Saturday, October 1, 2016

reg_logo_320Why Study the Bible” and interview with Steve Ray and Edward Sri

Posted by Joseph Pronechen on Sunday Sep 25th, 2016 at 8:22 AM
Experts Urge Catholics to Explore Scripture

Mary Kee knows the benefits of Bible study groups, which she has participated in for upwards of 20 years, usually at her home parish of St. Theresa Church in the Diocese of Bridgeport, Conn.

She says she began to study the Bible “to better understand the Scripture passages, the readings at Sunday Mass and the daily readings, and to enhance my understanding of the faith.”

Stephen Ray, author, speaker, writer-producer-host of the DVD series The Footprints of God: The Story of Salvation From Abraham to Augustine and EWTN guest, agrees: “St. Jerome said back in the third century, ‘Ignorance of Scripture is ignorance of Christ.’ You can’t say it any simpler.”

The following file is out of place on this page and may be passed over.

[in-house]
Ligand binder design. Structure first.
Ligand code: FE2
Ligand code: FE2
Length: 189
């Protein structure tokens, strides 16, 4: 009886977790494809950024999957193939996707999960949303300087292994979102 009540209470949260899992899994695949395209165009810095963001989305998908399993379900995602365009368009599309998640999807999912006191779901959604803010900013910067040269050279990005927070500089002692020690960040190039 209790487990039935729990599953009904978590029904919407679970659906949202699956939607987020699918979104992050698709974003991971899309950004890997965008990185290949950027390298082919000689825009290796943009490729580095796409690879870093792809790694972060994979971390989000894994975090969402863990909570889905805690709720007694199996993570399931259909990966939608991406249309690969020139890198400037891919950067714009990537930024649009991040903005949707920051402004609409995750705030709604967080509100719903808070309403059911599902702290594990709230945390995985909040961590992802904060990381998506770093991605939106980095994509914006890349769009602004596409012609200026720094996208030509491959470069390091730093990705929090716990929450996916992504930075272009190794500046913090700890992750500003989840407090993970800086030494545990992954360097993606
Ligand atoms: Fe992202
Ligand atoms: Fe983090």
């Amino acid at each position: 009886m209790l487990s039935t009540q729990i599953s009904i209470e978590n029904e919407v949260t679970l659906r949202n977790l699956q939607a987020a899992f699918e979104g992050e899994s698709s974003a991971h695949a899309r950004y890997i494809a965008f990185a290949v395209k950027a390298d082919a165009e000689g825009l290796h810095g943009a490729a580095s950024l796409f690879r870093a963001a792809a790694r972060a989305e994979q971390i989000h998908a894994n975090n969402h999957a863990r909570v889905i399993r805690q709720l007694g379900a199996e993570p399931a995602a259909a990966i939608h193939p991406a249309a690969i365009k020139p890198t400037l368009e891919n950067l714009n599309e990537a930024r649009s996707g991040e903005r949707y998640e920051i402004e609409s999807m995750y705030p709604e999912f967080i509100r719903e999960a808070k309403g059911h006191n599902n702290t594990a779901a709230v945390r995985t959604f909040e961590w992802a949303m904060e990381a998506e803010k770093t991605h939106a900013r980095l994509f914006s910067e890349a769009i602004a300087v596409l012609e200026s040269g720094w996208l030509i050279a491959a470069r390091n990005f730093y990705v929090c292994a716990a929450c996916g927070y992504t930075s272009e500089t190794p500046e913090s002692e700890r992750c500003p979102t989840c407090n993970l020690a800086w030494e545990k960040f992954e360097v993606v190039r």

Screen Shot 2016-10-01 at 5.27.21 AM“It’s the word of God,” Ray emphasized.

He finds it ironic that people often travel the world looking for apparitions and seeking the words of God, “and right on our table, gathering dust, is the Bible. We’re trying to hear God’s word today, and what’s sitting on the table is the inspired and infallible word of God.”

Edward Sri, professor of theology at the Augustine Institute and author of The Bible Compass: A Catholic’s Guide to Navigating the Scriptures (Ascension Press), points out that all Catholics need to see sacred Scripture isn’t just a bunch of stories from a long time ago or ancient text with proverbial wisdom. “These are the inspired words of God — God speaking to each one of us through the sacred Scriptures,” he explained.

No Foreign Idea